"Cities and towns across the country. Protests have broken out telling the police killings of George, Floyd. We honor Taylor Tony mcdade others while many of these protests were peaceful. Others have turned violent with buildings, being destroyed or looted in clashes, breaking out between the police and protesters. In light of these events, we wanted to bring you an episode from our archives to better understand some of the history behind the black lives matter protests why protests sometimes turned violent how governments often respond and what the role of social media is all of this? This episode was originally recorded with Avi Green in two thousand seventeen, and we're bringing it you a bit earlier this week. Our usual schedule given this weekend's offense. Hi I'm Miranda Kelly, and this is the scholars strategy network Snow Jargon. Each week. We discussed in American policy problem with one of the nation's top researchers without jargon. In this archive episode Avi spoke with Professor Ashley Howard She's an assistant professor of African American history at the University of Iowa shears their conversation. Professor Howard. Thanks for coming on new jargon. Thank you for having me. Why did these protests happen? Well there's no one easy answer, but if I were to give an umbrella term to why they happen is that people feel that they are not receiving equal treatment under the law or in society, and they feel that all of the established means getting equal treatment have failed them. You mean in a way. They're sort of fed up and sick and tired, absolutely fed up in sick and tired I think this is something that people often forget when we think about not only the uprisings or the violent protests that happened in the past two or three years, but also looking historically that there are lots of preceding events that occur beforehand there. There were marches there protester letters of indignation. There were speeches given fun of City Councils, and for whatever reason those cries. Those grievances were gone unheeded unheard, and because of that people take to the streets, and it gets attention, and it's a very loud cry for help and for acknowledged professor. How can you just tell me about one protests from beginning to end? I would love so I'd like to start with kind of the protests. That's been nearest and dearest to my heart. It's the one that I've been researching the longest, and it also takes place in my hometown of Omaha. So in one, thousand, nine, hundred, sixty, six fourth of July weekend. There are a group of young people. In a parking lot of the Safeway Grocery store on North Twenty four straight. And this kind of an area where people congregate and it was. Evening. GOOP young people were setting off firefighters or firecrackers. A police officer comes. They begin to throw firecrackers at this police vehicle, the police kind of get scared and equipped takeoff they come back and forth, and this kind of sets it off people. See Police as indicative at this time of the state of unfair treatment, and oftentimes these police, public attractions are the catalysts for these uprisings, so over the course of three days young people go up and down North Twenty Fourth Street in the black enclave, and they set small fires. They break windows. They steal goods out of these stores, and the very much engaged in property, violence as protests, but meanwhile has this is going on. You have the mayor of the city Av Sorenson actually meeting with these youth activists listen to their grievances listening to what? What they feel is going on the community. And why love, starting off with Omaha is because Omaha had a long history, a civil rights activism prior to the nineteen sixty six engagement, and what was so notable is at the end double ACP, an urban league had been begging the state for years to open up an unemployment office on North, Twenty Fourth Street, and for years that desire for a building was met. You know was ignored, and by the end of the week of those three days of uprisings North Omaha got their unemployment office. While you know it's funny because I think the words are so charged when we think about uprisings or protests that end in violence that involves some aspect of violence on TV you hear about riots. Can you tell me a little bit about why you call them violent uprisings, and what you think of some of those other words? I mean in some ways. I think riot is pejorative, because it seems that when people use that term, it's divorced from the context in which people are participating at it seems as it's just want violence as a social and Beran, and not actually rooted in issues, and you don't violence approach as protests had along and storied history in the world, so if you think of Labor bread riots. In France in England. Through the green corn rebellion in the United States hey, mark an uprising working class people people without a lot of political capital engage in violent protests as a way to make their voices heard, and it seems that really in the nineteen sixties when blacks began to use this as a primary tactic in their. Repertoire of protest actions that really begins to be demonized in not lauded as you know the underclass kind of going up against those in power and so for me, I like to use rebellion or uprising, because I see these actions on a political. Continue up that you have protests, you have marches, you have demonstrations and at one end of that spectrum. Is this violent protests? It's not divorce from the other things that have come before, but it's the next step when those issues are continually ignore it. Well. It's interesting to think about the more recent violent protests in the context of that long longer history of protests and the longer history of civil rights and racial relations in the in the states as a white person and also somebody who's gone through sort of the standard His. You know I'm not a student history just like history and high school and all that sort of thing. Boy. Is there a difference in the way that we hear about the non violent protests. Martin Luther King. Gandhi all that sort of thing, and and then the way that Events like watts are described and certainly the way that the media today traits events like Ferguson. And there's a difference between how they were portrayed in the moment, and how they're remembered so watts south central l., A. Nineteen, sixty five. This is one of the first when the earliest large uprisings, and so there is the infamous McCone commission that came out where Ronald Reagan is referring to these folks as mad dogs and lawbreakers, and so even though they're pathologising to actions of the people who are engaging in this type of protests they. They. Still understand that it's rooted in politics. The kerner commission, which came out in nineteen, sixty eight, which looked at that. What's been called the long hot summer of nineteen, sixty seven, and that and that was summer with a whole bunch of protests and uprising. Something about that's correct. That was the deadliest summer and the one with the most amount so in the aggregate, the most amount of in terms of scale and scope the largest. Amount of uprisings, this is when you're and Detroit. Both happened and the Kerner Commission looked at this, and said that this is actually rooted in the fundamental desire to have full inclusion American Society and that it's this notion that had as Robert, focus and a scholar who wrote about this in the contemporary moment, said it's not a attempt to overrun America but to alert America. That's something is very wrong and I think when we look at it today, you know it seems. A bit as an anomaly, I at the time Ferguson has time of Baltimore. There was a black president. I think many of us had kind of been lulled into this false sense of security of a a sort of colorblind society. That racism was over. No longer are people using the end where no longer is. The clan burning crosses on people, Yar People's yards. It's over, but in many ways is racism became more systematic or structural, more institutional and hidden, and so these issues still exists is that people don't realize that they're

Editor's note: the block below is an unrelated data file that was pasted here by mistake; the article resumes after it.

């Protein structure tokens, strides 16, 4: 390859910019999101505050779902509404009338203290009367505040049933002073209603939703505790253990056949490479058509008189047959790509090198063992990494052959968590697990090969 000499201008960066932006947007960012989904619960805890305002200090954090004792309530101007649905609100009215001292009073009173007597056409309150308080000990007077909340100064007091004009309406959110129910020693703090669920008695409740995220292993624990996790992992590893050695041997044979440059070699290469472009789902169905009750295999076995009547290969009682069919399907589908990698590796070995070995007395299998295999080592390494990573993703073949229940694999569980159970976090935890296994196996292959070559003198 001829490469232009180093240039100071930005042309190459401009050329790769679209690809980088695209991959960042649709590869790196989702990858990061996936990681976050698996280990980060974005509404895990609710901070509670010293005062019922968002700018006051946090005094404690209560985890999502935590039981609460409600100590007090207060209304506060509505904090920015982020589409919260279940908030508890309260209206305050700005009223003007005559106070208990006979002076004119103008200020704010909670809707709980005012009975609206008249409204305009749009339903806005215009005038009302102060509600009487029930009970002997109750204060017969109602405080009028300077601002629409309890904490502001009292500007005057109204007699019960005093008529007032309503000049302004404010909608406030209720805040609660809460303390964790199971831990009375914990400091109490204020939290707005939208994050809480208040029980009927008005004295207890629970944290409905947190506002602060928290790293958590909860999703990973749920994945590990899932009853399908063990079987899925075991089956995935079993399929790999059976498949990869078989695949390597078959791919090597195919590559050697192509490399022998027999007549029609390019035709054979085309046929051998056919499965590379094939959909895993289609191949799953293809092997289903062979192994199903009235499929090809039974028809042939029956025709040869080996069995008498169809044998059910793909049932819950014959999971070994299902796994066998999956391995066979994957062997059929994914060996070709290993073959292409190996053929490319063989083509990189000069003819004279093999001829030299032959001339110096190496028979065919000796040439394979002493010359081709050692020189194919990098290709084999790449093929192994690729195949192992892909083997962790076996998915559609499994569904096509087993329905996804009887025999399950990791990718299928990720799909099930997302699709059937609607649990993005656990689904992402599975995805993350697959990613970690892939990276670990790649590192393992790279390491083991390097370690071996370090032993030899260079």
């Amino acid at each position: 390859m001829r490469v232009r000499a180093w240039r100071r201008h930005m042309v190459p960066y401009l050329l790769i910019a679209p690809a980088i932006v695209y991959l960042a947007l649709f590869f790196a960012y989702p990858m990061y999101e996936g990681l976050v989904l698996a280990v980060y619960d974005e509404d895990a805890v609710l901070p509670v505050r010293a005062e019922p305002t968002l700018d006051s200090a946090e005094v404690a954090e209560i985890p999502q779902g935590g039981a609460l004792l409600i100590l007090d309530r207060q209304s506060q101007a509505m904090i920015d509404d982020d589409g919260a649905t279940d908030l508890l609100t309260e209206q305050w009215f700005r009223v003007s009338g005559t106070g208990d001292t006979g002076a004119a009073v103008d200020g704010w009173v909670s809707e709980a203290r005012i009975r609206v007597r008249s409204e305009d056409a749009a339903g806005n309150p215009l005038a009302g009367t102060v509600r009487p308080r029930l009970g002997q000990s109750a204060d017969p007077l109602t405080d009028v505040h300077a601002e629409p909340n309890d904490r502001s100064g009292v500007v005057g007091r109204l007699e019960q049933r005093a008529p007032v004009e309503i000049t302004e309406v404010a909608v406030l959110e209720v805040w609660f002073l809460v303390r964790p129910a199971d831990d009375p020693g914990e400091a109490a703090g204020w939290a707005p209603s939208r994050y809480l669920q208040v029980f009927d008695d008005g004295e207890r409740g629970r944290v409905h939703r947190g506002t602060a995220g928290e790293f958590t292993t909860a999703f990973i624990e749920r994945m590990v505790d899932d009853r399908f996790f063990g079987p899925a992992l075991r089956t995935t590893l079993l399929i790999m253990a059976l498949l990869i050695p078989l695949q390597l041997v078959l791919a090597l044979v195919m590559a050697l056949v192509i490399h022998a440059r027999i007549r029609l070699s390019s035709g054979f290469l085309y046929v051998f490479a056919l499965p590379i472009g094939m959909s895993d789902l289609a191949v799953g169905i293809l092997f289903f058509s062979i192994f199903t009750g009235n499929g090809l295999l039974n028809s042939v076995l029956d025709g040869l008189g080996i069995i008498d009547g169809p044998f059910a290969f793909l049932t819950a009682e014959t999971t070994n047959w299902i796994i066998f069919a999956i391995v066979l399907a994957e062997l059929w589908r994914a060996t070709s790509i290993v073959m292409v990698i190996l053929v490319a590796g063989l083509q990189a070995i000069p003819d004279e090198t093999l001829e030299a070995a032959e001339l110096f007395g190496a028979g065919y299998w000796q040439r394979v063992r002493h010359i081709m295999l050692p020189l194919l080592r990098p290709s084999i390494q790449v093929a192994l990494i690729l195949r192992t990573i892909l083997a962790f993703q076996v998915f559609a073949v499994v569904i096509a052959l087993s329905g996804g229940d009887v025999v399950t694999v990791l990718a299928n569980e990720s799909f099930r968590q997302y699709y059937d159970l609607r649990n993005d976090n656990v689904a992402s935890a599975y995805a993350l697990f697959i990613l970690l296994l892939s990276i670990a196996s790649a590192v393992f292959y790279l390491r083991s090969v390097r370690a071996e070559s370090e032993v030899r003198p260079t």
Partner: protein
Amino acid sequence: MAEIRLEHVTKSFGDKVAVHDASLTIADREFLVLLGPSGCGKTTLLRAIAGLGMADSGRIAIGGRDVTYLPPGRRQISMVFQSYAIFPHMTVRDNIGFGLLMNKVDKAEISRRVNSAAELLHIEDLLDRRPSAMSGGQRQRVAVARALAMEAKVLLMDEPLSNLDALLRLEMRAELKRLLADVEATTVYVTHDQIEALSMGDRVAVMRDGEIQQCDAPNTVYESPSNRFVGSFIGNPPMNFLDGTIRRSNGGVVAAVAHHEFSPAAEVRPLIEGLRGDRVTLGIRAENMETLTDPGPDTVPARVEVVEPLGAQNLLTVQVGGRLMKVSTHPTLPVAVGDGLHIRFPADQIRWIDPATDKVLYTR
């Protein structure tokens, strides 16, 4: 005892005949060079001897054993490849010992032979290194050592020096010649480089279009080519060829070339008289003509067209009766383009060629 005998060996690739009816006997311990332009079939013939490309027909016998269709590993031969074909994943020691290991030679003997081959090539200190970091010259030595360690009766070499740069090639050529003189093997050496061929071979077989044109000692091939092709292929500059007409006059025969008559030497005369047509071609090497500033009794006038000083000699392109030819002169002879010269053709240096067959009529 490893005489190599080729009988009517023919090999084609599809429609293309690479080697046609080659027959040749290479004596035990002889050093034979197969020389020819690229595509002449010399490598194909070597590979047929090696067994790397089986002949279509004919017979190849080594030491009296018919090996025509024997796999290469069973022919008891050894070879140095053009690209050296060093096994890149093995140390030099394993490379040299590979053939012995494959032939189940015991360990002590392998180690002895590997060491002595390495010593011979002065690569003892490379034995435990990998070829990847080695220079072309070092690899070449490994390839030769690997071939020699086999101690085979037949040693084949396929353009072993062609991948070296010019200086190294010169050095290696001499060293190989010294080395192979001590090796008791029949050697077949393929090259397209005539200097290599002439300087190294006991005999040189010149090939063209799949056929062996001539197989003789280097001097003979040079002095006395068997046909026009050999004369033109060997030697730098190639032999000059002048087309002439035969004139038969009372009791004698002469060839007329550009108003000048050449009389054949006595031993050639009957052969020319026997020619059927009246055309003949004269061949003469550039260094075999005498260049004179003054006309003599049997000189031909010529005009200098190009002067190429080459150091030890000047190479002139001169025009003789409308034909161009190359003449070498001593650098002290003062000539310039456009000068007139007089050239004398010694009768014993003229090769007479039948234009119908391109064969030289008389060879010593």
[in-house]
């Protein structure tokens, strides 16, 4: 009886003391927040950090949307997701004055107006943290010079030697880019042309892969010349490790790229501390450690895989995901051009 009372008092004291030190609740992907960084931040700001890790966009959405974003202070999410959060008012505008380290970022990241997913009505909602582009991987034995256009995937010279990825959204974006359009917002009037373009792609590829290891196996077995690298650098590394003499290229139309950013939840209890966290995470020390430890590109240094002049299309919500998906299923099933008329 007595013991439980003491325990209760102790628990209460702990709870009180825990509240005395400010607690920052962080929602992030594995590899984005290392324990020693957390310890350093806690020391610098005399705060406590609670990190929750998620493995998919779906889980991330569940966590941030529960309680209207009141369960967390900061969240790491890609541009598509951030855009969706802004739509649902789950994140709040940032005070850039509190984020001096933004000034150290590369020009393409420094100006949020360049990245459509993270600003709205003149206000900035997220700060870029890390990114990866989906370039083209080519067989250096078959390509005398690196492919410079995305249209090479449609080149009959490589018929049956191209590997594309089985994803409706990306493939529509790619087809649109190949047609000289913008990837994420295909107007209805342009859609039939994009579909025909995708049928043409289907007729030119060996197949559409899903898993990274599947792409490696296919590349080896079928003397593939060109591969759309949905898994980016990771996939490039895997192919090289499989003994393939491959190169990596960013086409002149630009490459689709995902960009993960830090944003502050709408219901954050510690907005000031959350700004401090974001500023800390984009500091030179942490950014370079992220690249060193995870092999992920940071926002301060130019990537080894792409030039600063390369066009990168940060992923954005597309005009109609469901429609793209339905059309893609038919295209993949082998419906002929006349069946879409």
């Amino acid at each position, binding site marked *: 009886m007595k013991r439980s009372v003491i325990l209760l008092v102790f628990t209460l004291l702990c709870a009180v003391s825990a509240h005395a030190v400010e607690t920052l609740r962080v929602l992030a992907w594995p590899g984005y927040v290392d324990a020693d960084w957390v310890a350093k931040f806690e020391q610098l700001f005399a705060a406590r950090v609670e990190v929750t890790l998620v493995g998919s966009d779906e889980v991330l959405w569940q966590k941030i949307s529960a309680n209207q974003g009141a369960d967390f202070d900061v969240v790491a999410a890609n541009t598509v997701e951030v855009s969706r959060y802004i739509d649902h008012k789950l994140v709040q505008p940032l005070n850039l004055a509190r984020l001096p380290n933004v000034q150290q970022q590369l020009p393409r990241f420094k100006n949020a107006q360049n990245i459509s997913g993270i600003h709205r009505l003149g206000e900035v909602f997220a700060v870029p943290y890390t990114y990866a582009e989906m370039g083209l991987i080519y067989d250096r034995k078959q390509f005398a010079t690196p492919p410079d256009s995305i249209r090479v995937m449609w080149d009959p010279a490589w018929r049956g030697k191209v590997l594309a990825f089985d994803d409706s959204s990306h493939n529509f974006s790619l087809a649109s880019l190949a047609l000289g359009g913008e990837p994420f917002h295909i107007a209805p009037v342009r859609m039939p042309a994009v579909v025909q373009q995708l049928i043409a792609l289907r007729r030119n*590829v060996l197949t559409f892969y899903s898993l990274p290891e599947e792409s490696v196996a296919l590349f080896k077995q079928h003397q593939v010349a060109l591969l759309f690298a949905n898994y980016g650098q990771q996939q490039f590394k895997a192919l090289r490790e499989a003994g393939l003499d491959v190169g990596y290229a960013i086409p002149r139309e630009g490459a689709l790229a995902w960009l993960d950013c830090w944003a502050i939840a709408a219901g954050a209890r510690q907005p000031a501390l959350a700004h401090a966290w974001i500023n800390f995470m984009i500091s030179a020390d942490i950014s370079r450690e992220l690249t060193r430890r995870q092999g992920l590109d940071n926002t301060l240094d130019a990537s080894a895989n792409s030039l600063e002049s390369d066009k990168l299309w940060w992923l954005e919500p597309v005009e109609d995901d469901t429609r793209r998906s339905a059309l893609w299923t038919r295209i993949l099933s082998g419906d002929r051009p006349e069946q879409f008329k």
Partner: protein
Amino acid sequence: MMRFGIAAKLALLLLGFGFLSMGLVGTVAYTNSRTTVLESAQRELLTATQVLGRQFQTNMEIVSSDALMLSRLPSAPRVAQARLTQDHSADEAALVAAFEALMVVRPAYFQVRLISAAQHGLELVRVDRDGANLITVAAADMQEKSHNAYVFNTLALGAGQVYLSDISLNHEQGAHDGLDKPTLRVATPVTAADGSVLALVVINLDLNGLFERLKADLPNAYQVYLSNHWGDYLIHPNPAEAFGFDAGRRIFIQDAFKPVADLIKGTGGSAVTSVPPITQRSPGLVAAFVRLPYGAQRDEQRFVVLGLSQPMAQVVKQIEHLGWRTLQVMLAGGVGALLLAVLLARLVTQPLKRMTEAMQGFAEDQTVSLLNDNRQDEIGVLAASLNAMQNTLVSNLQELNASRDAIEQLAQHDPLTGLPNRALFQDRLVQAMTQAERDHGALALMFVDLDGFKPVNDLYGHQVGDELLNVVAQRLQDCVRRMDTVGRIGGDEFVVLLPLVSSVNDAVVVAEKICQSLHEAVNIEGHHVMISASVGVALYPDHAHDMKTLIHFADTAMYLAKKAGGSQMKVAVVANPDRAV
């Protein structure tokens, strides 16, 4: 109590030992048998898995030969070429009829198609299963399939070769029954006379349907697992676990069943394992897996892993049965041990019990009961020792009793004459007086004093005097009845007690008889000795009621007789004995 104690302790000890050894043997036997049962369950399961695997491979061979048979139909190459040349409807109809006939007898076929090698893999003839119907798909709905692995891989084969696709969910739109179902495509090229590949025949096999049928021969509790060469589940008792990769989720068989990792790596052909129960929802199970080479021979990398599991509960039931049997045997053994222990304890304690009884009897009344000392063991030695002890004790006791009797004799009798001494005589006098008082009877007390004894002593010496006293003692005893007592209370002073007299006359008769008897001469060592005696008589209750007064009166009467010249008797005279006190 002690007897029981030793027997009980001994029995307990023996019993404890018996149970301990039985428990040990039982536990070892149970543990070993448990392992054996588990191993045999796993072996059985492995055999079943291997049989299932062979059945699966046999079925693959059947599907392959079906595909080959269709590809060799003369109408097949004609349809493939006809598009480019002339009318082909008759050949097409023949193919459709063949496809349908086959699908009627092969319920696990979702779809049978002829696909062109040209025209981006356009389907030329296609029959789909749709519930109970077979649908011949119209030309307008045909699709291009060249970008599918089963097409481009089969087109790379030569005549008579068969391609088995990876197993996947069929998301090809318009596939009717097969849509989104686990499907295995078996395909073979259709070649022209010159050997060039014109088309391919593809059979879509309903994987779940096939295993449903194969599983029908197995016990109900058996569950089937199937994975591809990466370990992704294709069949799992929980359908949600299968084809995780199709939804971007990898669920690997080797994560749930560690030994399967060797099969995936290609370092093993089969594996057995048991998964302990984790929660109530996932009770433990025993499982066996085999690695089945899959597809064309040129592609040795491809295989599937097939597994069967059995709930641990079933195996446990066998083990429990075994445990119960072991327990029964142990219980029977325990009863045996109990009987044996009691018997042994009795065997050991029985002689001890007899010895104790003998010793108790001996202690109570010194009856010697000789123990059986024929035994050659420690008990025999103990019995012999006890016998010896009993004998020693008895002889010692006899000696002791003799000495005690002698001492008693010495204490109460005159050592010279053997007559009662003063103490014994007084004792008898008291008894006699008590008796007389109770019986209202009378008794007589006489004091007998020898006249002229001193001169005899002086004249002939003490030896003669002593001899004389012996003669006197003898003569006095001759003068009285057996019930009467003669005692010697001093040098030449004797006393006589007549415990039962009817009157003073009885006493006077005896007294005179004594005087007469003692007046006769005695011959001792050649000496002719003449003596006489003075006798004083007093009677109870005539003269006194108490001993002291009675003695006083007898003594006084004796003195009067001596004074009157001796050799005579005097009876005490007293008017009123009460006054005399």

Professor Ashley Howard professor Avi Green Taylor Tony Miranda Kelly George Floyd City Councils African American University of Iowa